THE big message that the Philippines has sent to the world during its hosting of the Association of Southeast Asian Nations (Asean) summit last week was as historic as can be in terms of our foreign policy: We are no longer the Americans’ lackey in this part of the world, not its proxy in Asean, which the US secretly founded as the Asian equivalent of NATO to counter communist China.
Perhaps this owes much to the fact that President Duterte’s background is unlike most of his predecessors. Unlike Cory Aquino, he does not owe his rise to power and his hold on it (so far) to American political and military might (remember the Phantom jets over Manila to frighten the RAM rebels?). Unlike Fidel Ramos, who was after all Cory’s male clone, he had not a chance to be brainwashed in an American military school.
In the case of Benigno Aquino 3rd, he was happy to relinquish all thinking on foreign policy to the most Americanized, and most pro-American foreign secretary this country ever had, the Indonesian magnate Anthoni Salim’s long-time board director Albert del Rosario.
How could Del Rosario not have been pro-American, when other than Salim himself, the biggest stockholders of First Pacific Co., Ltd. – the mother firm of his huge public utility conglomerate in the country—are US fund managers? He was so pro-American that in my conspiracy-theory moments, I suspect he could have been brainwashed using new technology in his six years as Philippine ambassador to the US, that he pushed for the very unwise filing of a case against China in the arbitral court.
In sharp contrast, and surprisingly for somebody who’s spent most of his political life in the frontier city that is Davao, Duterte himself is molding our foreign policy to his more realistic worldview in which the US is not our master, to the consternation even of his first foreign secretary who was a US citizen, and that of our diplomatic corps. Sadly, most of our top foreign affairs officials are so pro-American. Who would blame them when except for the fiercely nationalistic Blas Ople, our foreign policy since our independence simply followed what the US told us to follow?
Only a Duterte could snub the US, and declare to the world that his big foreign policy pivot is towards the People’s Republic of China, that North American empire’s rival in Asia.
Duterte has even drawn the country closer to Russia under Putin. The last time any Philippine President even thought of Russia was in the mid-1970s when Marcos experimented with getting the country out of the claws of the US imperial eagle by pretending to get close to the Americans’ enemies.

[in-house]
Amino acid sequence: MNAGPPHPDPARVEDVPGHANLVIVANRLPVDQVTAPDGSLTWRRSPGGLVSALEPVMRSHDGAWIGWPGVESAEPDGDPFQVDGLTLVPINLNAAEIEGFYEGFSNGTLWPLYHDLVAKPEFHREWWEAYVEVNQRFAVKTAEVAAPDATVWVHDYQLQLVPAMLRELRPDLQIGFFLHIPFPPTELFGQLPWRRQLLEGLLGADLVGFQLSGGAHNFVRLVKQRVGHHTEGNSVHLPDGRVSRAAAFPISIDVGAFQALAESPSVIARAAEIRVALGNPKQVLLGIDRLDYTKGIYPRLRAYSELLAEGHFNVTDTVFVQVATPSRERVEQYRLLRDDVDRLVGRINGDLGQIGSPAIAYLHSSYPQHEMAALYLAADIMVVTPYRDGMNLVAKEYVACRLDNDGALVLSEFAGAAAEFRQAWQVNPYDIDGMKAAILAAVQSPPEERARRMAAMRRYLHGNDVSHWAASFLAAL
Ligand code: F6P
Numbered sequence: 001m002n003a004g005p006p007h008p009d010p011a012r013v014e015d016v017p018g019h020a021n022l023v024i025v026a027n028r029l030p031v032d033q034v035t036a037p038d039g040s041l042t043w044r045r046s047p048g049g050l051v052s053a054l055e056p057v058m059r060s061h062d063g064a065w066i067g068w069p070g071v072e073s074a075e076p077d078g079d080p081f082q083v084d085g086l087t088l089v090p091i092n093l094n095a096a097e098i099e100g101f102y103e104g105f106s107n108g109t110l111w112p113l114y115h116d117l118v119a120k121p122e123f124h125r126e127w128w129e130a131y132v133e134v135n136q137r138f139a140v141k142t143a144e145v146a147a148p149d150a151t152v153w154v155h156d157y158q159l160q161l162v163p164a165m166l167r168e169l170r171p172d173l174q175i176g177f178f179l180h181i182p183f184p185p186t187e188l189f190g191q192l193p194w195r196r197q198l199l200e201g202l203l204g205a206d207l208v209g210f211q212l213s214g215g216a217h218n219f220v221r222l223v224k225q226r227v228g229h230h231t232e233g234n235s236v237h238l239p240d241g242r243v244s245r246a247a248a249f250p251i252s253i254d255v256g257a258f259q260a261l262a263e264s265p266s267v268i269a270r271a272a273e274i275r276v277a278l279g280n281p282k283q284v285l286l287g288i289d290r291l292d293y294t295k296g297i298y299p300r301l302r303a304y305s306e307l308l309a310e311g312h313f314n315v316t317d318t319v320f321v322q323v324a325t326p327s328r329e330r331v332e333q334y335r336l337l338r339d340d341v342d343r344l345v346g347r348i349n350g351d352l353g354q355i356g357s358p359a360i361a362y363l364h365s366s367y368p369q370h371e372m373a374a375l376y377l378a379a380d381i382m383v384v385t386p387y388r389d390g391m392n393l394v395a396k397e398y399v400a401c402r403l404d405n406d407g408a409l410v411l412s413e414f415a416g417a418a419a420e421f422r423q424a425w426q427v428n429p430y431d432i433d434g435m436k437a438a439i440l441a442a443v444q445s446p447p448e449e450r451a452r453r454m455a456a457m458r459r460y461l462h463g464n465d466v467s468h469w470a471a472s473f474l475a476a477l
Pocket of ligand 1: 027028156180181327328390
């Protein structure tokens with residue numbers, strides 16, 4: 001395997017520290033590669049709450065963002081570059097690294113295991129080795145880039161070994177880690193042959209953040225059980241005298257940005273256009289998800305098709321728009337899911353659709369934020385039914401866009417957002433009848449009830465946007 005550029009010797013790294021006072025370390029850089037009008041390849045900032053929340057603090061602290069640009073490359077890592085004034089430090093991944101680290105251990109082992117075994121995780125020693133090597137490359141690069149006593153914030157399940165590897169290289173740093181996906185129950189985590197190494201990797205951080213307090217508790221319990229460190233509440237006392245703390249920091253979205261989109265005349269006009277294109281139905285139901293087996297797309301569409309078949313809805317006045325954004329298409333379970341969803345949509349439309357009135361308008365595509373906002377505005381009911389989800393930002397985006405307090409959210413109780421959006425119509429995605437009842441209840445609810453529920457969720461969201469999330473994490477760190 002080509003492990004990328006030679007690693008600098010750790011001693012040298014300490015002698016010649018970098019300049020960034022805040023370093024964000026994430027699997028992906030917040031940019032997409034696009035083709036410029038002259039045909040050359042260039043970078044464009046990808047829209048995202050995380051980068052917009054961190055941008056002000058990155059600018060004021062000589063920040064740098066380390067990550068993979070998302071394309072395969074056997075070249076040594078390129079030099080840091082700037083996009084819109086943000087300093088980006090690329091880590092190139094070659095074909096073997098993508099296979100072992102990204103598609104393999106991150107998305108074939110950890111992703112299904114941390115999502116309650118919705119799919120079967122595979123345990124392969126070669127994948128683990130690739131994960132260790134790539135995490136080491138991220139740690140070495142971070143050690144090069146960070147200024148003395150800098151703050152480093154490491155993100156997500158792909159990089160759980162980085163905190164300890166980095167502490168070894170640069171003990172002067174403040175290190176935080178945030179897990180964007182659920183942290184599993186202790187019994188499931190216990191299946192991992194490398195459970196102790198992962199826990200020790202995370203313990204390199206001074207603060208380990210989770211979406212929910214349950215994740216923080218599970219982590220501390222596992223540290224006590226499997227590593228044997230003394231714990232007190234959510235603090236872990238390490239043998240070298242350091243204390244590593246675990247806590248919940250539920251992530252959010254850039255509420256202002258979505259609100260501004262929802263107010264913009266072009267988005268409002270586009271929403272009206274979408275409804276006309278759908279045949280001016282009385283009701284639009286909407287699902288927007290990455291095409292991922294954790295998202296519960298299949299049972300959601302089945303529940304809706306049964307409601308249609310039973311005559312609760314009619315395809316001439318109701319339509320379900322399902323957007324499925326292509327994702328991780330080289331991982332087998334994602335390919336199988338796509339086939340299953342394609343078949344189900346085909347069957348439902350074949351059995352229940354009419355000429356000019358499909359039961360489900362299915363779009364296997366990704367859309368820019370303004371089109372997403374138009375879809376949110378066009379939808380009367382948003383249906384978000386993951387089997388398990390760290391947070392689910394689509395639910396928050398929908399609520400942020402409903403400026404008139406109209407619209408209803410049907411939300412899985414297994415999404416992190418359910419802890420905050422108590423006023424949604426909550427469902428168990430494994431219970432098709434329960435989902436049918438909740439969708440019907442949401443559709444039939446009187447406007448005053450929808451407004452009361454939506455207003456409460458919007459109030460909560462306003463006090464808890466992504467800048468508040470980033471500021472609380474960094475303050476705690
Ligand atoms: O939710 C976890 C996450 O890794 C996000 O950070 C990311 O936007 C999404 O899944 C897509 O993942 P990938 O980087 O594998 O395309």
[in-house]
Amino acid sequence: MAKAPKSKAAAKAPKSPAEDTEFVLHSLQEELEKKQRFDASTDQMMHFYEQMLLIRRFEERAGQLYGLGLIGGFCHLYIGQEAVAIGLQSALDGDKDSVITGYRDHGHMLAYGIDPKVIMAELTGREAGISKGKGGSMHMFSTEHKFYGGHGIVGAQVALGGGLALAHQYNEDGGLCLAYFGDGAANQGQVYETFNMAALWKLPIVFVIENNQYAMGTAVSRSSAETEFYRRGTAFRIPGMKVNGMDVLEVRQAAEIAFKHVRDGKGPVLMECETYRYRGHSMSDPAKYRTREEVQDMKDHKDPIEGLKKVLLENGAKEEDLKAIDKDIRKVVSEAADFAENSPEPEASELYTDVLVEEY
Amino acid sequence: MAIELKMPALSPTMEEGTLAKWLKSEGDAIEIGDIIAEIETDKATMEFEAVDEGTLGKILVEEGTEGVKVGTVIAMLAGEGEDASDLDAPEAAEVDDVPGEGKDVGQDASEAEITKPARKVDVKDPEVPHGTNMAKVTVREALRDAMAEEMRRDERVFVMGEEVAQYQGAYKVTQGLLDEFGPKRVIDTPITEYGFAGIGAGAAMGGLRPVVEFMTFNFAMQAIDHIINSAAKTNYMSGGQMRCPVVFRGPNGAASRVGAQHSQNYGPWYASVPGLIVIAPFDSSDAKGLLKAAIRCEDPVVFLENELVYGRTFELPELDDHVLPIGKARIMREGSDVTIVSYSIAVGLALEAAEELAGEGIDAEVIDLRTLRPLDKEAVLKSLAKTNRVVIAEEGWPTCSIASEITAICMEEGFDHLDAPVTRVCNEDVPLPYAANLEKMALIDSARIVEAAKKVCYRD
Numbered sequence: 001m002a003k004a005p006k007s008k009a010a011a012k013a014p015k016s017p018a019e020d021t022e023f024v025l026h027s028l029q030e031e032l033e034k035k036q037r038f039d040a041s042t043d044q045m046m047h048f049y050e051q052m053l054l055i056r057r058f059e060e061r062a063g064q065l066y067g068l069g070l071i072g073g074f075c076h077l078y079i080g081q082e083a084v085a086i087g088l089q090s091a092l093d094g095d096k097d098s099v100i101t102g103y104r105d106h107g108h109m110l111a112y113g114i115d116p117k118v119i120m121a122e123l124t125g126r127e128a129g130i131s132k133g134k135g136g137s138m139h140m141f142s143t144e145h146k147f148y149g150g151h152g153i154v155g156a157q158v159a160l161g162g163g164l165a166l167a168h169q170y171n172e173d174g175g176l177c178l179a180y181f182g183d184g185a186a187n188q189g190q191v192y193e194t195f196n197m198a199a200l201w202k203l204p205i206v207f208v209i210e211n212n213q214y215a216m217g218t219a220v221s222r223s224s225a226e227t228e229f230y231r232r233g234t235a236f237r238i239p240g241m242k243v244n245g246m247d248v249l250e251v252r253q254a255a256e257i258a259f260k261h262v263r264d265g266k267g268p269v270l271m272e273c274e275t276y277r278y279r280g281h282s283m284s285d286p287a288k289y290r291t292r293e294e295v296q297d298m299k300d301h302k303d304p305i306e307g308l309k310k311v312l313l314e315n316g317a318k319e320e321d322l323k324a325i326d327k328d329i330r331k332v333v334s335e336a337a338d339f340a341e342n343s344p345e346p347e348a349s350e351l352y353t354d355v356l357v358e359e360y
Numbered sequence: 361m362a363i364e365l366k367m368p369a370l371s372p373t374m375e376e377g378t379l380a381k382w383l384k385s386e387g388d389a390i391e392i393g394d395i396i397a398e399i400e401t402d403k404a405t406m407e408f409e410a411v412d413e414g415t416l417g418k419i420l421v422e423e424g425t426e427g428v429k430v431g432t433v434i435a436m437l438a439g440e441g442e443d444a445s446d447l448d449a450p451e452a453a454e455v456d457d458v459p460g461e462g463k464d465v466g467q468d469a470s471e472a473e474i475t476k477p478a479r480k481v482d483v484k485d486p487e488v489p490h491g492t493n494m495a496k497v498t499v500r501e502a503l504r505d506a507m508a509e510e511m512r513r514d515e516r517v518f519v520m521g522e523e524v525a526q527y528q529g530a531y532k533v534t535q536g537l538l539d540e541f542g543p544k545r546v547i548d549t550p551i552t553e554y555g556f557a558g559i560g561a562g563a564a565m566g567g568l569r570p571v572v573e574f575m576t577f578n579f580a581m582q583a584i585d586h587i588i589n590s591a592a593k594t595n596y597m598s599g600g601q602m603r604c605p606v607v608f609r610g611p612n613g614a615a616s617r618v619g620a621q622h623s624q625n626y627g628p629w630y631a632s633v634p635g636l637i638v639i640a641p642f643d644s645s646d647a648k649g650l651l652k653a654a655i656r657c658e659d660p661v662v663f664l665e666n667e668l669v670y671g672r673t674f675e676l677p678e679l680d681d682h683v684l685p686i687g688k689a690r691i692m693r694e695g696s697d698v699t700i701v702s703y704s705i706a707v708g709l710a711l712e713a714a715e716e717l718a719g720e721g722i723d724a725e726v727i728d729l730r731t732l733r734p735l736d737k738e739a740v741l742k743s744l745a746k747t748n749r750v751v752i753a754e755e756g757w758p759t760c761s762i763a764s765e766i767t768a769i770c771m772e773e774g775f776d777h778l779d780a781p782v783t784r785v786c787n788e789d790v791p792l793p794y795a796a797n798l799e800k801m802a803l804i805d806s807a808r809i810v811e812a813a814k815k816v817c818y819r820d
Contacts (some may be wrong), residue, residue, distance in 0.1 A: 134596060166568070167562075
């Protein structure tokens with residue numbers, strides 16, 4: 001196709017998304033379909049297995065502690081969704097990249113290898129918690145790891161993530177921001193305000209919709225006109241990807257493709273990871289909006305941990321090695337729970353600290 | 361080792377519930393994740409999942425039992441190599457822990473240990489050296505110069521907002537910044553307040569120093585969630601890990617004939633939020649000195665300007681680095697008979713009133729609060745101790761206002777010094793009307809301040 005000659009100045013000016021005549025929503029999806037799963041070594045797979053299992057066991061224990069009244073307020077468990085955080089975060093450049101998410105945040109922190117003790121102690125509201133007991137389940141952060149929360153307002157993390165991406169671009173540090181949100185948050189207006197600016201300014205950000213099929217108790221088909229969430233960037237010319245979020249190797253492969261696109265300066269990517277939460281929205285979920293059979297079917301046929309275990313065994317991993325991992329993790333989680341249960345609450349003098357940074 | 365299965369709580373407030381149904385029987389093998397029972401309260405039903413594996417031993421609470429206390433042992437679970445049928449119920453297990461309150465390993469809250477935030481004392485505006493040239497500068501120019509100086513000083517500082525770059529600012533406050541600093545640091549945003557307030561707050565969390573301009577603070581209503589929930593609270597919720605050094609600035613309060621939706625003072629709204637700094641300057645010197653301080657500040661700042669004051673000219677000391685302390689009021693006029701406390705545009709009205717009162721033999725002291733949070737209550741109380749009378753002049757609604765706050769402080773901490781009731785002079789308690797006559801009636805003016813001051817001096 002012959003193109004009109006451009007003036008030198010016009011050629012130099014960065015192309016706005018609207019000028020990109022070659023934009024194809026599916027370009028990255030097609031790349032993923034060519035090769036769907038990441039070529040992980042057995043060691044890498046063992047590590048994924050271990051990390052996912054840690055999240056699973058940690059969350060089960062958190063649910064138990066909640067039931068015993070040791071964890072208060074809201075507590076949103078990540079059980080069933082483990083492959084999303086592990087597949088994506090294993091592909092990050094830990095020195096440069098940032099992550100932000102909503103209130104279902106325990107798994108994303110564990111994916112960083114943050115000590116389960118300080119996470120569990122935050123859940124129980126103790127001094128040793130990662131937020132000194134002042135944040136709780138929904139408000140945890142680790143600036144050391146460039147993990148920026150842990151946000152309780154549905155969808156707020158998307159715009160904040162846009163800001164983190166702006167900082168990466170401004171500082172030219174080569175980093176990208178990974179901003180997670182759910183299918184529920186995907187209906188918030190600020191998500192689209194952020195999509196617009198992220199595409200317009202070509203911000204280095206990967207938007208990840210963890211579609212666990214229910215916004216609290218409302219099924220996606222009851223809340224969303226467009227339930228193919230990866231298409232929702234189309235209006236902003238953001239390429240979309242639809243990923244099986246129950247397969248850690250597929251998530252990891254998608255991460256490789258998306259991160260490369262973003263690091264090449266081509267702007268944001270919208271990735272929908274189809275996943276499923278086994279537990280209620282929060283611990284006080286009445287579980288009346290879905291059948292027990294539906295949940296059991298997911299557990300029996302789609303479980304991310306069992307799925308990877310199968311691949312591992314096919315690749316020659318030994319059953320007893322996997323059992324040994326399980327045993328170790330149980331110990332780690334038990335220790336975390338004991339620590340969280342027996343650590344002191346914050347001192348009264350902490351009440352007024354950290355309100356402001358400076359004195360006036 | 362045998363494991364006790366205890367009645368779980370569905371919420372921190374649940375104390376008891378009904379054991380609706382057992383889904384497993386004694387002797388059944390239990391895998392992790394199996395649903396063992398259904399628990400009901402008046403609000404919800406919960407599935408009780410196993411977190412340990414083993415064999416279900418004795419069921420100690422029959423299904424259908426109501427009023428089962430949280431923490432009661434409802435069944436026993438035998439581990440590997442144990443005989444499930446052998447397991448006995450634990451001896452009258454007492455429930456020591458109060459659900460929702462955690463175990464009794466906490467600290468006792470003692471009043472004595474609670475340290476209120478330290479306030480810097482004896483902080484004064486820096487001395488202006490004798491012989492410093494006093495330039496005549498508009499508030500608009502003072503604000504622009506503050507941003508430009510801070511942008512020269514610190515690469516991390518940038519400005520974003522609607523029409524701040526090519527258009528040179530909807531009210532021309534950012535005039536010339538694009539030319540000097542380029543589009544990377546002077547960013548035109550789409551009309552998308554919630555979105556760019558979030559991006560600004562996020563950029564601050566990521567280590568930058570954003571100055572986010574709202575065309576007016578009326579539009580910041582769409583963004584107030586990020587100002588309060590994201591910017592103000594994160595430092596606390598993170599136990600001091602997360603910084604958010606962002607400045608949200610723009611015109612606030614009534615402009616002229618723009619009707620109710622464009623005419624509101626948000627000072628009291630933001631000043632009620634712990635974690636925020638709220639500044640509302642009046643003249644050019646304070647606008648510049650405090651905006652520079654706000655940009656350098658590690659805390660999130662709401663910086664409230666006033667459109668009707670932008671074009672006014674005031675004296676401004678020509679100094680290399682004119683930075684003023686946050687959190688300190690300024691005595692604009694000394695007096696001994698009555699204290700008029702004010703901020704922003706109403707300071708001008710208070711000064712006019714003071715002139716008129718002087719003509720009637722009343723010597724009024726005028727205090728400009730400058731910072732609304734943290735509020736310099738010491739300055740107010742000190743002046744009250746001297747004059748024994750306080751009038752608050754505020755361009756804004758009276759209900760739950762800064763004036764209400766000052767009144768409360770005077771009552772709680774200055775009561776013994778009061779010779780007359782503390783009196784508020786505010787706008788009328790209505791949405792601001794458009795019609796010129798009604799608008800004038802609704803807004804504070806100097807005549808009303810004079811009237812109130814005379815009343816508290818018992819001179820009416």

It’s just been a year since Aquino and his pro-American Yellow Cult were in paroxysms of joy in getting the Permanent Court of Arbitration in the Netherlands to rule that China’s historic claims to areas in the South China Sea cannot be in excess of claimant countries’, like the Philippines’, exclusive economic zones set by the United Nations Convention on the Law of the Seas (UNCLOS).
But reality has quickly set in. The arbitral ruling means nothing. No state, no UN force would enforce it, not the US. After all, China and the US don’t even entirely recognize UNCLOS, and how logical is an arbitration in which one of the parties, China, had refused to be arbitrated?
The ruling actually even sets for us a dangerous precedent: What if Vietnam filed a case in the same arbitral court to claim Pag-asa island, our biggest property in the South China Sea which Marcos only claimed in 1974 and asked his troops to occupy—and we lost?
The biggest beneficiary of the arbitral ruling has been the US. It had little justification in having its mighty naval power patrol the South China Sea. Now it does, or claims it does, invoking its self-appointed role as the global policeman to enforce international law. China is now portrayed as an arrogant superpower disregarding international law and militarizing the South China Sea.
Prodded by the US, the past administration’s tack was to invoke the arbitral ruling, and to get Asean to condemn China for not complying with it. To do so didn’t even cross Duterte’s mind in this Asean summit. Rightly so.